- the commonly accepted medical standard of care,
- a deviation from that standard by the defendant, and
- a clear link between the deviation and the plaintiff’s alleged injuries.
The plaintiff must meet this burden of proof, and expert medical testimony is typically required to establish the crucial causal link between the plaintiff’s injuries and the defendant’s negligence.
Cap on Damages in Nebraska Medical Malpractice Cases
In Nebraska, there is a limit on the amount of compensation a plaintiff can receive for both economic and non-economic damages in medical malpractice cases, and this cap is set at $2.25 million. The cap originally began at $500,000 for cases that occurred on or before December 31, 1984, and has been incrementally increased over time to reach its current level. This cap applies to all medical malpractice occurrences after December 31, 2014, and marks the final increase outlined in Nebraska’s damage cap law. It is worth noting that if a plaintiff files a claim for malpractice that occurred before 2015, such as for a foreign object left in the body that has only recently been discovered, a smaller damage cap may apply.
Nebraska Informed Consent Law
Neb. Rev. Stat. § 44-2816 and § 44-2820 define and set out the burden of proof for informed consent in a medical malpractice action. Neb. Rev. Stat. § 44-2816 explains that informed consent in Nebraska is when a patient gives permission for a medical procedure or treatment after being given information about it by their healthcare provider. This information should be similar to what other healthcare providers in the same area would give to their patients in similar situations.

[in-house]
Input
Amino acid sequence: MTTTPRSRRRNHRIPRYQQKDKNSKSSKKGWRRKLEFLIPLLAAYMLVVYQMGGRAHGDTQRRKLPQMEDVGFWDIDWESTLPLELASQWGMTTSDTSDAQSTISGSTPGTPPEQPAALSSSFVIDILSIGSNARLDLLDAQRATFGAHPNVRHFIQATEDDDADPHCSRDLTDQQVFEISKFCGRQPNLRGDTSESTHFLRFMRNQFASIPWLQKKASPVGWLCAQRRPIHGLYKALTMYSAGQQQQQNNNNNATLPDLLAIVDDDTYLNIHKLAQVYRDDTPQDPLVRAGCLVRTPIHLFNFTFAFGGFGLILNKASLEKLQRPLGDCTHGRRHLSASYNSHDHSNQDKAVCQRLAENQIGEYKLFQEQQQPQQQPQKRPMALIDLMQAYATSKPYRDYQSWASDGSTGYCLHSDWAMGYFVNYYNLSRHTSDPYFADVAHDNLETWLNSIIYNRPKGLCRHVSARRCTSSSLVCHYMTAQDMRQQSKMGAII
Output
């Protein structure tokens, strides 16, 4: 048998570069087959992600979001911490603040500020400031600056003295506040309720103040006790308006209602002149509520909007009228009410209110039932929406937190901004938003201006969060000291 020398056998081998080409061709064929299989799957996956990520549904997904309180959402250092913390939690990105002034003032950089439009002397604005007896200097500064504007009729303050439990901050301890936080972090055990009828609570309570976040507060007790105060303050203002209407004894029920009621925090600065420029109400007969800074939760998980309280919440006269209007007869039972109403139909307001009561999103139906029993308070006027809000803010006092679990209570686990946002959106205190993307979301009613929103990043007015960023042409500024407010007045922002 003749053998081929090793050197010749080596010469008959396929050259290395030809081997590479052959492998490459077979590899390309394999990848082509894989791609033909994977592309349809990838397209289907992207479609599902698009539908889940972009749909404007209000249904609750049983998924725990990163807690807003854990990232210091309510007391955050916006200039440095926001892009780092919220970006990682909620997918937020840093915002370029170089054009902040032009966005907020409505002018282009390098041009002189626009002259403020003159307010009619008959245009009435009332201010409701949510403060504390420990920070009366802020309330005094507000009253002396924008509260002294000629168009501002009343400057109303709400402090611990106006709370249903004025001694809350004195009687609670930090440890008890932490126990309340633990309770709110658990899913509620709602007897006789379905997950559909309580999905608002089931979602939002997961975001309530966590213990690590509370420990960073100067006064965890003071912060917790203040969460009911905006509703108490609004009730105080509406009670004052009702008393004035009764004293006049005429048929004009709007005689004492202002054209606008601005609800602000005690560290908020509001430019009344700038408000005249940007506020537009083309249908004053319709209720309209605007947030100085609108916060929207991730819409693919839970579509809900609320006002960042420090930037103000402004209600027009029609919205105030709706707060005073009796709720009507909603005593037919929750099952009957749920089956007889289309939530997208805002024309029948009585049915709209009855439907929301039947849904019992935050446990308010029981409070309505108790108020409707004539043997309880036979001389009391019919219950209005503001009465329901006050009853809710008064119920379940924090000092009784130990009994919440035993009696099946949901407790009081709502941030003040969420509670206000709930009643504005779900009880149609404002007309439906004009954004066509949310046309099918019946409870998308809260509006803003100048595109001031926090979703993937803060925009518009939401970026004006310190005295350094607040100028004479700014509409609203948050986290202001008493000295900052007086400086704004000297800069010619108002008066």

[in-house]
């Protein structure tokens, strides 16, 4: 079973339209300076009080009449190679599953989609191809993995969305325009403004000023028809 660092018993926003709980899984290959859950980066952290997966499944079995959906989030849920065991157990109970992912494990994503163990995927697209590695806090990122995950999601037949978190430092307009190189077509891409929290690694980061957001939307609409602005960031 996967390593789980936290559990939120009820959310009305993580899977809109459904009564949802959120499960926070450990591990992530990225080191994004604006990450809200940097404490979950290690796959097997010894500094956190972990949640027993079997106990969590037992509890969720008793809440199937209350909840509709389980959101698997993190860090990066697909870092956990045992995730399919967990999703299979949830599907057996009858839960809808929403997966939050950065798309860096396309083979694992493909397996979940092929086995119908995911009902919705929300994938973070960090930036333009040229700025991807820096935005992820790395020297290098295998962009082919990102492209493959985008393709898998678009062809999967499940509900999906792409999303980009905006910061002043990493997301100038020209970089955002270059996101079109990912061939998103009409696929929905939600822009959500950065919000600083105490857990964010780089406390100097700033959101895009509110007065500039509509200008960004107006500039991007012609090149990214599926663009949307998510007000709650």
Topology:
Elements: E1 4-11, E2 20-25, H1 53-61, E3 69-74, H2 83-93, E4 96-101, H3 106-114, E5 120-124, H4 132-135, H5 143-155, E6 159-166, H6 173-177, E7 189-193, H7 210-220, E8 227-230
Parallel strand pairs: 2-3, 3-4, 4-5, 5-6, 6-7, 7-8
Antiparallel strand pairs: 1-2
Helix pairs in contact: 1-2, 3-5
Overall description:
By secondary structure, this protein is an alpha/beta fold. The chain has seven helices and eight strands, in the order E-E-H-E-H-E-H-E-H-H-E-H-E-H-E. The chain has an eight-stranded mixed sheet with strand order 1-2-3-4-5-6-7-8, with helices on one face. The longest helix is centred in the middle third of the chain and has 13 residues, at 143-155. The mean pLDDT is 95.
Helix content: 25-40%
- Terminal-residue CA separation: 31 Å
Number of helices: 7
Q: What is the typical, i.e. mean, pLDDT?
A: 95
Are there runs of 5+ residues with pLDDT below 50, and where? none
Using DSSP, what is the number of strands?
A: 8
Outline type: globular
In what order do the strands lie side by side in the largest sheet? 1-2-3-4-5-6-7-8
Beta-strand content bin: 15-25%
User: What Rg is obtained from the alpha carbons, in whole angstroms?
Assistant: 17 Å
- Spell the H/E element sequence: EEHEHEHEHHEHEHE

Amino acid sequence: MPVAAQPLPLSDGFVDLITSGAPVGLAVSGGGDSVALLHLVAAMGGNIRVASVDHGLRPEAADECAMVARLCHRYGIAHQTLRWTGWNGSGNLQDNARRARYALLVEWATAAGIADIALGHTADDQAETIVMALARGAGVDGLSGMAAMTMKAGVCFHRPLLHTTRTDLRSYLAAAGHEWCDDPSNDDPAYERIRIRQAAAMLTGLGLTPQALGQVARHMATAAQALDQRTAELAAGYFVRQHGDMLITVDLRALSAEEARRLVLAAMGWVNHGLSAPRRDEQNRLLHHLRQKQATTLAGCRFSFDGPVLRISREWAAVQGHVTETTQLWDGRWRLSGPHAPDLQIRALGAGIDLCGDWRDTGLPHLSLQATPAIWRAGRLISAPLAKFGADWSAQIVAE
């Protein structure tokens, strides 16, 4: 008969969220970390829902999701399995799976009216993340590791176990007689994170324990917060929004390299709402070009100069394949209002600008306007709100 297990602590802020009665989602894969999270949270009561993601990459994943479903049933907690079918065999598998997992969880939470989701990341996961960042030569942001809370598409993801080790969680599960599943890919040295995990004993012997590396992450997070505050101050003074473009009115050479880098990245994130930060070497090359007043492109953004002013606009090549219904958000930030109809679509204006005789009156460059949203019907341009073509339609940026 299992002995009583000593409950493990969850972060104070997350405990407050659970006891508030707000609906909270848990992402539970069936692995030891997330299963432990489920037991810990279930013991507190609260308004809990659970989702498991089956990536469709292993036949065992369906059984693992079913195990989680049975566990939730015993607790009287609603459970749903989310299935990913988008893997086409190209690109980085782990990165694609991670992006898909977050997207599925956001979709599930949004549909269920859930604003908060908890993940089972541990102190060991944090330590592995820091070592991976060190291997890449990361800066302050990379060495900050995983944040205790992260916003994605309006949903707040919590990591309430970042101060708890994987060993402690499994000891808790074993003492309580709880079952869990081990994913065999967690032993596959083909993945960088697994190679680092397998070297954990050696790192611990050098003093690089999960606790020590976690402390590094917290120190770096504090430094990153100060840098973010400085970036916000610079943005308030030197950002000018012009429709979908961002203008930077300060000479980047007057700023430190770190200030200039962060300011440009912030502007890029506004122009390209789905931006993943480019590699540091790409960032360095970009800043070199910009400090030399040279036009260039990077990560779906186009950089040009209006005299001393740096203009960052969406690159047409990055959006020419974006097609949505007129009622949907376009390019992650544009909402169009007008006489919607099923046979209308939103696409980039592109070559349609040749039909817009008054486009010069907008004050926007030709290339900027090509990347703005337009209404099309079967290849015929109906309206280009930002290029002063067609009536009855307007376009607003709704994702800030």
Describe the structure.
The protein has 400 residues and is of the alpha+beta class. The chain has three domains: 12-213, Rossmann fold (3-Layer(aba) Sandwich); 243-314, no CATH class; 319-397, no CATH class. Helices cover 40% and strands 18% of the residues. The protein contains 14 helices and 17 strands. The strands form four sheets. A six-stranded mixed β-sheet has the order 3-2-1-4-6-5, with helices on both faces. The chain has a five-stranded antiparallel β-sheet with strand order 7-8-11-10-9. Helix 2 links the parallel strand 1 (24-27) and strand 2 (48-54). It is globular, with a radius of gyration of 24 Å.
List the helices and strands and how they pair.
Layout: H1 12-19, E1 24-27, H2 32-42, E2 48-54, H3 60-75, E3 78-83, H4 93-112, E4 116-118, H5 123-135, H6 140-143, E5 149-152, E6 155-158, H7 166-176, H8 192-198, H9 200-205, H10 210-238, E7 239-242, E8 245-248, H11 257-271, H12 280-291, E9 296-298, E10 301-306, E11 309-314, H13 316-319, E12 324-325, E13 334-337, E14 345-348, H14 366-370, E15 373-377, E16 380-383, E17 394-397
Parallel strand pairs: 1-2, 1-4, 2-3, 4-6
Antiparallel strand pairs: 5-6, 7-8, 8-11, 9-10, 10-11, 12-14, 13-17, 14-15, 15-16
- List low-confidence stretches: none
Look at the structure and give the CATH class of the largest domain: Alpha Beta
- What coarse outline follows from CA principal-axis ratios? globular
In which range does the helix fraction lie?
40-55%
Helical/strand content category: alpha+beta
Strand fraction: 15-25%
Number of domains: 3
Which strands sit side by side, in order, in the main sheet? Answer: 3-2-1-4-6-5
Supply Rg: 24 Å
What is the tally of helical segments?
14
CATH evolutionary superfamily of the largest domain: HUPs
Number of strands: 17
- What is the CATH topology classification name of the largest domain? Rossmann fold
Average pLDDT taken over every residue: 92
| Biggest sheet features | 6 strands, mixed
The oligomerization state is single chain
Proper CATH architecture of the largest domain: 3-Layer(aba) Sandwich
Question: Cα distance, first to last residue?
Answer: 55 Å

If a healthcare provider fails to get informed consent, this means they didn’t get permission for a medical procedure or treatment in a way that a reasonable healthcare provider in that community would have. In other words, if it is expected that other healthcare providers would get permission in that situation, but this provider did not, it would be considered a failure to obtain informed consent.
Getting a Lawyer for Your Nebraska Injury Case
Our law firm handles serious injury and wrongful death cases all across the country. We collaborate with reputable partner firms in Nebraska and cover the fees for those lawyers through our own attorney fees. This means that you won’t have to pay any extra contingency fees for working with two law firms, and you’ll only be responsible for paying a fee if you receive compensation from a settlement or jury award.
If you’ve been injured and believe you have a valid personal injury case in Nebraska, call us at 800-553-8082 or get a free online consultation.